Using socio-demographic and early clinical features in general practice to identify people with lung cancer earlier

Barbara Iyen-Omofoman, Laila J. Tata, David R. Baldwin, Chris J.P. Smith, Richard B. Hubbard

Research output: Journal PublicationArticlepeer-review

64 Citations (Scopus)


Introduction: In the UK, most people with lung cancer are diagnosed at a late stage when curative treatment is not possible. To aid earlier detection, the socio-demographic and early clinical features predictive of lung cancer need to be identified. Methods: We studied 12 074 cases of lung cancer and 120 731 controls in a large general practice database. Logistic regression analyses were used to identify the socio-demographic and clinical features associated with cancer up to 2 years before diagnosis. A risk prediction model was developed using variables that were independently associated with lung cancer up to 4 months before diagnosis. The model performance was assessed in an independent dataset of 1 826 293 patients from the same database. Discrimination was assessed by means of a receiver operating characteristic (ROC) curve. Results: Clinical and socio-demographic features that were independently associated with lung cancer were patients' age, sex, socioeconomic status and smoking history. From 4 to 12 months before diagnosis, the frequency of consultations and symptom records of cough, haemoptysis, dyspnoea, weight loss, lower respiratory tract infections, non-specific chest infections, chest pain, hoarseness, upper respiratory tract infections and chronic obstructive pulmonary disease were also independently predictive of lung cancer. On validation, the model performed well with an area under the ROC curve of 0.88. Conclusions: This new model performed substantially better than the current National Institute for Health and Clinical Excellence referral guidelines and all comparable models. It has the potential to predict lung cancer cases sufficiently early to make detection at a curable stage more likely by allowing general practitioners to better risk stratify their patients. A clinical trial is needed to quantify the absolute benefits to patients and the cost effectiveness of this model in practice.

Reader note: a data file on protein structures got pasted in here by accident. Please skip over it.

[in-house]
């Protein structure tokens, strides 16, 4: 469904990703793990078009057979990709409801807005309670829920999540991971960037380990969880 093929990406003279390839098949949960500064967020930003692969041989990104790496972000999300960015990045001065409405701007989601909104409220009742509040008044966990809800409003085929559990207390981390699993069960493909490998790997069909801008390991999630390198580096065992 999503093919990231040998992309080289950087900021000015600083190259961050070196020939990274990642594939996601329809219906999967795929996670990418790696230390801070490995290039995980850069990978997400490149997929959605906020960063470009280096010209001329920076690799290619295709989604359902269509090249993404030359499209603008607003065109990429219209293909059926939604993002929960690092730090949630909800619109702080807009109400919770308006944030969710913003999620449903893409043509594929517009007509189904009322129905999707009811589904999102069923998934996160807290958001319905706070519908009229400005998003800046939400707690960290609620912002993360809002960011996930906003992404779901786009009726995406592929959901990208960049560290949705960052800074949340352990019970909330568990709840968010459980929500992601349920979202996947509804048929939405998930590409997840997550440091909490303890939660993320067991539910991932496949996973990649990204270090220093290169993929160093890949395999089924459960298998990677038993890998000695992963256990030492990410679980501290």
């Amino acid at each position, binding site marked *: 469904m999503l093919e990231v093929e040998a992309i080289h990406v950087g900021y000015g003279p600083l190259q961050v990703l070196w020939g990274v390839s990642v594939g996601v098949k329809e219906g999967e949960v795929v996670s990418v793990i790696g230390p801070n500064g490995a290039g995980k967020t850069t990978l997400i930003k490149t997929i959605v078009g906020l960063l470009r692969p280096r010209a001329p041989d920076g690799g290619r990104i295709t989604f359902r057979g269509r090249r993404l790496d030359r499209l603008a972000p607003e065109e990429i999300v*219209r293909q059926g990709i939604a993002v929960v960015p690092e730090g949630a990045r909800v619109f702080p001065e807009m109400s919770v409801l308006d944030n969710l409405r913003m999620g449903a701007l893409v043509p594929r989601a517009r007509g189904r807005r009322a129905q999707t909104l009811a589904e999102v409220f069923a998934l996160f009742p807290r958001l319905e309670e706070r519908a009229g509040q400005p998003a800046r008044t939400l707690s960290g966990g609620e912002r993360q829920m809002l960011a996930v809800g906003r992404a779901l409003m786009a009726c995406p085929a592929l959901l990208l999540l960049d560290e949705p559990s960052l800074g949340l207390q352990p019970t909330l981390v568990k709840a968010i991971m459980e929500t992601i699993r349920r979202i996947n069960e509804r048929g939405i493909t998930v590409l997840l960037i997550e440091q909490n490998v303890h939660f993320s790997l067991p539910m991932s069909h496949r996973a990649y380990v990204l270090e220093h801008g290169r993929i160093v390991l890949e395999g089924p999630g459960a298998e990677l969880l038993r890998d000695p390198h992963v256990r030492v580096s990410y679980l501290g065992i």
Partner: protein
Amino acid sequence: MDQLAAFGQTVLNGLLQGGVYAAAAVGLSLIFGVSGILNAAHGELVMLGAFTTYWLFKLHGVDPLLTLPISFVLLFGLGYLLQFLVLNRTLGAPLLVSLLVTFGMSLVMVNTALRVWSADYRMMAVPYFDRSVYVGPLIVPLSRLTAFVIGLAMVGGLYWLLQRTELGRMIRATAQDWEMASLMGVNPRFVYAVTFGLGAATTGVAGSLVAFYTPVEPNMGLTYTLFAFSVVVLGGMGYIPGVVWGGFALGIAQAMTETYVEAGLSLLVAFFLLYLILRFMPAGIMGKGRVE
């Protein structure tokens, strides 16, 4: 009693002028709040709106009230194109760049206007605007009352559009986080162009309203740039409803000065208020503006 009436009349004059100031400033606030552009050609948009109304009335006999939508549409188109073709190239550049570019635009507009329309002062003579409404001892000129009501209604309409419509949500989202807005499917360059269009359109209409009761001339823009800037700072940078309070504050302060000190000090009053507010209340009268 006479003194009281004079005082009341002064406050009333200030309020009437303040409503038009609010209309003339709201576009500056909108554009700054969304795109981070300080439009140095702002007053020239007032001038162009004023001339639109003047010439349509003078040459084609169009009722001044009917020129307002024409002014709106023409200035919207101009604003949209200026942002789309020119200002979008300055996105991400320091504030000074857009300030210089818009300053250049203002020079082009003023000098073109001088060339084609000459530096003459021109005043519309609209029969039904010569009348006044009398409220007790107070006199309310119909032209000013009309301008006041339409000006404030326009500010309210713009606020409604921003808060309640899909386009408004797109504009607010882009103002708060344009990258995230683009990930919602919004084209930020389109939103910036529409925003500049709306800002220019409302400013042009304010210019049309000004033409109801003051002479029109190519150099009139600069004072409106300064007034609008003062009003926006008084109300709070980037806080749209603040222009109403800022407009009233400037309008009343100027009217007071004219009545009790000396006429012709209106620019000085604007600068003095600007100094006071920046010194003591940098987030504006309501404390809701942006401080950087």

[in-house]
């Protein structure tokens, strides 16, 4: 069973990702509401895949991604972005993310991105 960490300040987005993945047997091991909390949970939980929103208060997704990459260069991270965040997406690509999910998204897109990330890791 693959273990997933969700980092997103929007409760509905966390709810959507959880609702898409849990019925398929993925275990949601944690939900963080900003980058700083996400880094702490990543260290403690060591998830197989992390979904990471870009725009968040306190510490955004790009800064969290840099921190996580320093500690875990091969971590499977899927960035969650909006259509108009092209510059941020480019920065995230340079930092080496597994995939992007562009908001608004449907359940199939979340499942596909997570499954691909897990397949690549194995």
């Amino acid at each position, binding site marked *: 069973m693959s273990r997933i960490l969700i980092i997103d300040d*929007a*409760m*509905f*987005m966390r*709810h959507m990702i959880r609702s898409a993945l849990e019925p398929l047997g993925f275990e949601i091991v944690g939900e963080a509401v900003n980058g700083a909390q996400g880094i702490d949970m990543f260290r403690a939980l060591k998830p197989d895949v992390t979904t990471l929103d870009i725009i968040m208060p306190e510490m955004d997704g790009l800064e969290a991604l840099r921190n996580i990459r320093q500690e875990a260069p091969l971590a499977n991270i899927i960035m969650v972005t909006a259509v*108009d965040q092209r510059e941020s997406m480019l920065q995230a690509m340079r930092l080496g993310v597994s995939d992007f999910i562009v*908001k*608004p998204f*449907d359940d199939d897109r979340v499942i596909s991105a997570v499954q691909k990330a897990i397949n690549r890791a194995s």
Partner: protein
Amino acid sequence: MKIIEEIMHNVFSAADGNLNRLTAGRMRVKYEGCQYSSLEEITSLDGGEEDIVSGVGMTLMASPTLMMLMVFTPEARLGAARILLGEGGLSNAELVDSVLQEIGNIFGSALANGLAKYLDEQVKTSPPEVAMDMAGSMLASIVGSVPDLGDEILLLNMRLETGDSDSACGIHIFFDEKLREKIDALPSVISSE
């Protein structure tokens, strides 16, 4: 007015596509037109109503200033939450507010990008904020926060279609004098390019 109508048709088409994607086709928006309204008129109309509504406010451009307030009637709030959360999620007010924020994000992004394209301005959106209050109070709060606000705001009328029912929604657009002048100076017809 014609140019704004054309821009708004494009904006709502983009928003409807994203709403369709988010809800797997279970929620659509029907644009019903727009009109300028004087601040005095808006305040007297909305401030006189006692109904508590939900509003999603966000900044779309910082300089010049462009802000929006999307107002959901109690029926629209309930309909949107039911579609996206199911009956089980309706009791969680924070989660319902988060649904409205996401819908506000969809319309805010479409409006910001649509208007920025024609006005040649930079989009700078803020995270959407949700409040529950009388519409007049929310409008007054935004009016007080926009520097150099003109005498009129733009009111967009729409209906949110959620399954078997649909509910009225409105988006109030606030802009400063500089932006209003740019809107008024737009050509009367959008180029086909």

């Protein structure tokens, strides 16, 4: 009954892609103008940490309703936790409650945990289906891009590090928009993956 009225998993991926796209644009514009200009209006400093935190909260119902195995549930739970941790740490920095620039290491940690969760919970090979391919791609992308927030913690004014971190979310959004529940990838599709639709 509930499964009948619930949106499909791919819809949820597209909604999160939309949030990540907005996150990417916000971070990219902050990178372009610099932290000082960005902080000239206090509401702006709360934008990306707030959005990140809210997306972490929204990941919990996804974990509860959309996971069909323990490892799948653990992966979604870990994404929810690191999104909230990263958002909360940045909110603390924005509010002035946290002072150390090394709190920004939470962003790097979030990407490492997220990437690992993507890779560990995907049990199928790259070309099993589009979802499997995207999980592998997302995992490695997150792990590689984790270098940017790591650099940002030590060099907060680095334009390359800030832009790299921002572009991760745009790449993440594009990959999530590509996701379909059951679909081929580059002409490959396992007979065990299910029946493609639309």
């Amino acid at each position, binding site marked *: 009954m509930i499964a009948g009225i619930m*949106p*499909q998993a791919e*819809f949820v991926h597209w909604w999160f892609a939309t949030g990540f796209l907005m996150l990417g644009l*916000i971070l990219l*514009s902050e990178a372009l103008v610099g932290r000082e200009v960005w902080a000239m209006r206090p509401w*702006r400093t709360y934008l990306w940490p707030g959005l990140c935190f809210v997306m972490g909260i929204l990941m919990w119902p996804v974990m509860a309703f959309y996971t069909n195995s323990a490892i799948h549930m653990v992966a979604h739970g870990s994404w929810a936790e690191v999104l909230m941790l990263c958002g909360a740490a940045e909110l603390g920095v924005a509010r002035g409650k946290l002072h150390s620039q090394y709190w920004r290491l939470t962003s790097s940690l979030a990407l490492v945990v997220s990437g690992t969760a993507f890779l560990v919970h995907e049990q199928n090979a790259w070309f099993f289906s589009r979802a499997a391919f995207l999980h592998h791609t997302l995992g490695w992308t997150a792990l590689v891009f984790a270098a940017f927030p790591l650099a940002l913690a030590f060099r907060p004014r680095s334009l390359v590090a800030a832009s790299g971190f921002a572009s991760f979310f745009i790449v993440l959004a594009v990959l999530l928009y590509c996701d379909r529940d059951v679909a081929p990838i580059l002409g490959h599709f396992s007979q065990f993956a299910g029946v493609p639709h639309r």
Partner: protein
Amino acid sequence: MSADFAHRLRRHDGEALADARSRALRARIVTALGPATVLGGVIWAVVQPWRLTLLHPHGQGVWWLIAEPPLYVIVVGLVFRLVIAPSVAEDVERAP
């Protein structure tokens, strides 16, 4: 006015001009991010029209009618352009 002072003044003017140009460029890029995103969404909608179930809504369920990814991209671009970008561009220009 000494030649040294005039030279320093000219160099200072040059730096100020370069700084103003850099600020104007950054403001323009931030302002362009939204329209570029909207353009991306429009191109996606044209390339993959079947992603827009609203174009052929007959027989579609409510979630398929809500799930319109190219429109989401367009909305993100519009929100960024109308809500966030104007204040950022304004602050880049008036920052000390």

Original languageEnglish
Pages (from-to)451-459
Number of pages9
Issue number5
Publication statusPublished - May 2013
Externally publishedYes

ASJC Scopus subject areas

  • Pulmonary and Respiratory Medicine


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